‘Paranormal Activity’ scares up $34 million overseas in first two weeks


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‘Paranormal Activity’ has racked up solid early ticket sales overseas, as the surprise of the year at the domestic box office has proved a big hit in the United Kingdom, France and Australia, but bombed in Germany. Total international grosses so far are $34 million.

Unlike in the U.S. and Canada, where Paramount Pictures relied on word-of-mouth from early midnight screenings and Internet advertising, foreign distributors relied on more traditional marketing campaigns because many moviegoers had already heard about the movie following spectacular domestic performance earlier this fall.


‘[Foreign] distributors had less time to prepare the audience and there was already high levels of awareness, so they pushed it out like a mainstream genre film,’ said Stuart Ford, chief executive of IM Global, which served as foreign sales agent for picture.

The independently produced horror flick, which was made for just $15,000 and grossed $107.4 million for Paramount domestically, has been No. 1 at the U.K. box office for two weekends straight, selling a total of $11.8 million worth of tickets. In France it opened at No. 2 this past weekend, collecting $5.3 million, and in Australia it debuted at No. 1, grossing $2.5 million. In Germany, however, it has grossed just $2 million over two weeks, a low mark for what is traditionally one of the biggest overseas movie markets. Ford attributed that to the ‘hit and miss’ nature of the supernatural horror genre in the country and an unsuccessful attempt by its German distributor to mimic the American viral campaign.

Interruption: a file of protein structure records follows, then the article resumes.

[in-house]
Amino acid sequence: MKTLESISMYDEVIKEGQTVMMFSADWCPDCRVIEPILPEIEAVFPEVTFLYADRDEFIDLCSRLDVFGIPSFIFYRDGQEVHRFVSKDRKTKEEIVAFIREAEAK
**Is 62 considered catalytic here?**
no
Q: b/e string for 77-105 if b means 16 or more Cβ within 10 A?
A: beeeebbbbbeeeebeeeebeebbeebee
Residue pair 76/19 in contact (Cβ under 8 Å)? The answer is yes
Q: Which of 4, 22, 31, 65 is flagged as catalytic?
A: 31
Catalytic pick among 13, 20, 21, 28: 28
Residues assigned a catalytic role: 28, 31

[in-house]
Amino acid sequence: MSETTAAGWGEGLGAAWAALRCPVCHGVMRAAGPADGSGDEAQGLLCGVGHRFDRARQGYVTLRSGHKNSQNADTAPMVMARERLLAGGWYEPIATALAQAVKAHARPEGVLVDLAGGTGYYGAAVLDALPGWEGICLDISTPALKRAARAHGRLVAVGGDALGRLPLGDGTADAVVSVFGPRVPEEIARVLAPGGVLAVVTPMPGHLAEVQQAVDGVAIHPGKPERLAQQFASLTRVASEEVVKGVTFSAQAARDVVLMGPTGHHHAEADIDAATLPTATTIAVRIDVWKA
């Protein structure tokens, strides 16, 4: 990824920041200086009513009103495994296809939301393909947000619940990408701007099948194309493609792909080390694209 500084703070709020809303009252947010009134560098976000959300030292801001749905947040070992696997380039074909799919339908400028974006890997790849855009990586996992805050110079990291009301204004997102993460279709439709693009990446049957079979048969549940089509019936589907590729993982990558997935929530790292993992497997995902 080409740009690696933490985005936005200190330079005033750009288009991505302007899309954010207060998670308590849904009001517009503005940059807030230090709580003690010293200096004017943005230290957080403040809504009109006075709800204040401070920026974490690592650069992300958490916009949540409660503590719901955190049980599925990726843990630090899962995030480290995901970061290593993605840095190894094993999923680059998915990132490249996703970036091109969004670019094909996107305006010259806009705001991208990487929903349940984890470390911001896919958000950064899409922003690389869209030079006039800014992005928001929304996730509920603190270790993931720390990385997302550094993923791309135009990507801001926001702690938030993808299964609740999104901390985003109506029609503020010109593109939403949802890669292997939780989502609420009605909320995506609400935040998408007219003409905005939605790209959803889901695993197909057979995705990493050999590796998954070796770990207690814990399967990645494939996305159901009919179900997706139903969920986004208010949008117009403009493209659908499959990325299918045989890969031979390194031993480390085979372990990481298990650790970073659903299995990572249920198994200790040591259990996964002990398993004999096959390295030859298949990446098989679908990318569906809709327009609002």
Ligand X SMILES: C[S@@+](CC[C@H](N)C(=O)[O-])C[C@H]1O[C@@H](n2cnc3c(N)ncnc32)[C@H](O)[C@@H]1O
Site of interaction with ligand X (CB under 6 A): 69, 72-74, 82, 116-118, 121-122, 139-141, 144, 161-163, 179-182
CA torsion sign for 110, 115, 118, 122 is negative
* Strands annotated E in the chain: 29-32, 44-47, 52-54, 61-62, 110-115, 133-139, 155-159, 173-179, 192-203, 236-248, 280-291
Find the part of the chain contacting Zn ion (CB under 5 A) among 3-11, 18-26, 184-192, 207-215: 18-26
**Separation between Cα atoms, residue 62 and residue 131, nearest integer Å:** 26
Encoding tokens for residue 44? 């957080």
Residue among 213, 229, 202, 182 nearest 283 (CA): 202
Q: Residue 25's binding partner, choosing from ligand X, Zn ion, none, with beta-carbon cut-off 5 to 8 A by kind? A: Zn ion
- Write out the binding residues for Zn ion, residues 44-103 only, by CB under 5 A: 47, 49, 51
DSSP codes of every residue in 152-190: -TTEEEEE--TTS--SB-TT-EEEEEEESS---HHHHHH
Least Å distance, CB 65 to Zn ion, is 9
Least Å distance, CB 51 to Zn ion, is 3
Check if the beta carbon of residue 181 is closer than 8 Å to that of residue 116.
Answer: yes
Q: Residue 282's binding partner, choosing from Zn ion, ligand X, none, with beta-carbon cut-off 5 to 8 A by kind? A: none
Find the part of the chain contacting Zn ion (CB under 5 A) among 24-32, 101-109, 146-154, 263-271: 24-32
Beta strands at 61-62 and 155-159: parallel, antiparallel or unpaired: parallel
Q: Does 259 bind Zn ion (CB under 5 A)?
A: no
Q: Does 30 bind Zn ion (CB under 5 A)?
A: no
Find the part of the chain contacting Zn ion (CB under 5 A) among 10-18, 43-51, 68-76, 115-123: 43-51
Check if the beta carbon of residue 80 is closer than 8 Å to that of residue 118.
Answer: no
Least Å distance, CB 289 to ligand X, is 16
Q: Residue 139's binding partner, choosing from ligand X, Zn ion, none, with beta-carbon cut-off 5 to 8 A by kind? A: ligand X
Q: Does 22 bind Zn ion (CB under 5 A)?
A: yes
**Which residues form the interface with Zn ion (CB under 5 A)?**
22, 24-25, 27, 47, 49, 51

‘Paranormal Activity’ has also performed solidly so far in Spain and Brazil. Ford said he is expecting particularly strong results in Latin America, where the movie starts rolling out this Friday with its Mexican bow, and in Japan, where it debuts next year.

Movie producers typically receive about 40% of a movie’s international gross. A percentage of foreign theater revenue for ‘Paranormal’ will be kept by IM Global, with the rest going to the movie’s producers, including director Oren Peli. Ford noted that his company and the movie’s producers -- not exactly a surprise given their lucky stroke -- received extremely high advances for the film after its amazing run in the U.S.

--Ben Fritz